Milton, Ned, Gunther and David:
4 Composer Portraits by Samuel Adler

Explore the use of pitch rows in Samuel Adler's 4 Composer Portraits

Samuel Adler

Composer Samuel Adler (b. 1928) was born in Mannheim, Germany, but immigrated to the US at age 11 and was a student of Aaron Copland, Paul Hindemith, Walter Piston and Randall Thompson. He studied conducting with Serge Koussevitzky and joined the US Army in 1950. He founded the Seventh Army Symphony Orchestra in Stuttgart, Germany, which served as an element of the cultural diplomacy uniting the US and Germany in the 1950s and 1960s.

He was professor at the music conservatory at the University of North Texas from 1957 to 1966 before teaching at the Eastman School of Music from 1966 to 1995. He has taught composition at the Juilliard School since 1997.

Milton Babbitt

Milton Babbitt

As a composer, Adler writes in a wide range of style from the diatonic to the serial. His 2001-2002 work Four Composer Portraits uses pitch rows derived from his subjects’ names as the source for each work’s musical material.

The first portrait is of the serial and electronic music composer Milton Babbitt (1916-2011). Written for Babbitt’s 85th birthday celebration at The Juilliard School in 2001, the work is based ‘on his first name: C – A flat – B – G – D – C sharp.’ The musical scale was matched with the alphabet so that pitch C = letter A and going through the scale, matching it letter for pitch. Something as obvious as the pitch A being the letter A was not used! The work comes out like a 12-tone work but doesn’t follow the strict 12-tone rules because of its personalization. In the work, Adler has tried to emulate Babbitt’s distinctive style.

Samuel Adler: 4 Composer Portraits – No. 1. Milton (Babbitt) (Laura Melton, piano)

Ned Rorem

Ned Rorem

The second portrait is of the American composer Ned Rorem (b. 1923). Known for his adherence to tonal composition, Rorem has written all genres, but is known best for his extensive catalogue of songs. Because the composer’s first name has two real pitches in it (E and D), Adler used his pitch/alphabet translator only for the ‘N’, and the note C-sharp. This allowed him to ‘approximate’ Rorem’s highly lyrical style.

Samuel Adler: 4 Composer Portraits – No. 2. Ned (Rorem) (Laura Melton, piano)

Gunther Schuller

Gunther Schuller

Written for Gunther Schuller’s (1925-2015) 76th birthday in 2001, the third movement takes his first name and again derives the pitch material from a combination of the real pitches in his name (G and E) to give him ‘G – G sharp – C sharp – A – B (for H) – E – D (for Re).’ The reason for the substitute of the letter H for the letter B is that H is the German word for the note B. He also substituted the solfege syllable ‘re’ (D) for the final letter of the name, was to give himself a wider range of notes to work with.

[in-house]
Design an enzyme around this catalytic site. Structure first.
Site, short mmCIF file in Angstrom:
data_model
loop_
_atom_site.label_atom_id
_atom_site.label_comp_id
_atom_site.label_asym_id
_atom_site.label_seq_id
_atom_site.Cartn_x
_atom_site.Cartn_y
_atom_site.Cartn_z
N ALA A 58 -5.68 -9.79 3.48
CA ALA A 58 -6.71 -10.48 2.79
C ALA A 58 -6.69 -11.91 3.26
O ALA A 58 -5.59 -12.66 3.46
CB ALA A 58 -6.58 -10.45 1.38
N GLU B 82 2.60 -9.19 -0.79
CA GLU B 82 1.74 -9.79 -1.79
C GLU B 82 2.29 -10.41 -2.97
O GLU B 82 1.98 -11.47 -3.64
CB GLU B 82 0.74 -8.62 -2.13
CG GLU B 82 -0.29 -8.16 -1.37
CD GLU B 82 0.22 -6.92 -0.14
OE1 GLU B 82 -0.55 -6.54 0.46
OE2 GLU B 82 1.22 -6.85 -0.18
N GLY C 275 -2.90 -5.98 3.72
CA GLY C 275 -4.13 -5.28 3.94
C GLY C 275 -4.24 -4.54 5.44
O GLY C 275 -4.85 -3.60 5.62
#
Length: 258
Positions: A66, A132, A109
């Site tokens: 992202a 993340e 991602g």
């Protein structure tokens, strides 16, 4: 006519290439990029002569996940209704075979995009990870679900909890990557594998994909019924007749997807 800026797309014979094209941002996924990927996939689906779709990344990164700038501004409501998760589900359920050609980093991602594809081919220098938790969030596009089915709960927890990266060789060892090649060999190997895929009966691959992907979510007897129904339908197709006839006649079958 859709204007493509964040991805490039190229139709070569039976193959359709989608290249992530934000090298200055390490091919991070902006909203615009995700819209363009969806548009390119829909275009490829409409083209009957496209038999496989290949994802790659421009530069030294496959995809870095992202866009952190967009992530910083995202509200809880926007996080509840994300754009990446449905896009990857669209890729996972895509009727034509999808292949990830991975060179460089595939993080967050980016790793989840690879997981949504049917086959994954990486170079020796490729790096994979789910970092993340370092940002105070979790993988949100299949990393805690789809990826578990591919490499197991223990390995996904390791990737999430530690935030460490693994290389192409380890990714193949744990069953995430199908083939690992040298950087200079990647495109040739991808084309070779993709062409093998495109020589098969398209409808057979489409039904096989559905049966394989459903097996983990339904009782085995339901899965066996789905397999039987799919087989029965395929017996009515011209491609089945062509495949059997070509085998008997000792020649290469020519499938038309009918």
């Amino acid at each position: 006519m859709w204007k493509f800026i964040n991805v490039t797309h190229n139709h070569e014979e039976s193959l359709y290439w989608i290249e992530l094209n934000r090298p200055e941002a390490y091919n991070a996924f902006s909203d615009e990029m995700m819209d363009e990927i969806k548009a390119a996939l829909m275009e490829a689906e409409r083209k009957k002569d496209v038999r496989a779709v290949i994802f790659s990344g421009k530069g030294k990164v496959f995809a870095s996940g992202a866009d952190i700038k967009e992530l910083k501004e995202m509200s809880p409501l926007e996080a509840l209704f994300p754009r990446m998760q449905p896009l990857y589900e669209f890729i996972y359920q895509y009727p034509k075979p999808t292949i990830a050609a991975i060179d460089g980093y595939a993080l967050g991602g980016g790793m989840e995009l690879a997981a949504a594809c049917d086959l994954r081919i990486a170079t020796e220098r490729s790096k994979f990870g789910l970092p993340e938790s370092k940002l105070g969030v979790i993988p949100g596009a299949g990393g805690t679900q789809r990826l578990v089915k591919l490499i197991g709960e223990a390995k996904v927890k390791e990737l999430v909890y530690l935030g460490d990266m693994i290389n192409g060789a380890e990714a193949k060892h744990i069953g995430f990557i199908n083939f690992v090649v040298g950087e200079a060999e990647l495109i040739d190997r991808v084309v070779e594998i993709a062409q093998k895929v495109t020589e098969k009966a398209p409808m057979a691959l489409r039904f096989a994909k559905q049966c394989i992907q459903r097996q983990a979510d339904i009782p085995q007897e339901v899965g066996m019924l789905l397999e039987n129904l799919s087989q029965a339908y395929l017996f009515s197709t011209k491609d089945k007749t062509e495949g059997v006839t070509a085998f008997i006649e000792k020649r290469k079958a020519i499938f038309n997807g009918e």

Samuel Adler: 4 Composer Portraits – No. 3. Gunther (Schuller) (Laura Melton, piano)

The final movement is a portrait of the composer David Diamond (1915-2005) who was at the Eastman School of Music when Adler taught there. The style here changes to something more contrapuntal, with canons, as follows Diamond’s style.

Samuel Adler: 4 Composer Portraits – No. 4. David (Diamond) (Laura Melton, piano)

David Diamond

David Diamond

When we’ve looked at the art set by composers in the past, we largely look at representational art – art that you can stick up on the wall. Adler, though, has given us portraits filtered through his understanding of their music. He gives us Rorem’s lyrical side and Diamond’s contrapuntal side. He shows us Babbitt’s serialism style with a bit of serialism of his own. In creating his Composer Portraits, Adler has given us not only the ability to see each composer as a separate style but also gives us each composer as through his eyes and his personal view of their styles.

For more of the best in classical music, sign up to our E-Newsletter

More Inspiration

Leave a Comment

All fields are required. Your email address will not be published.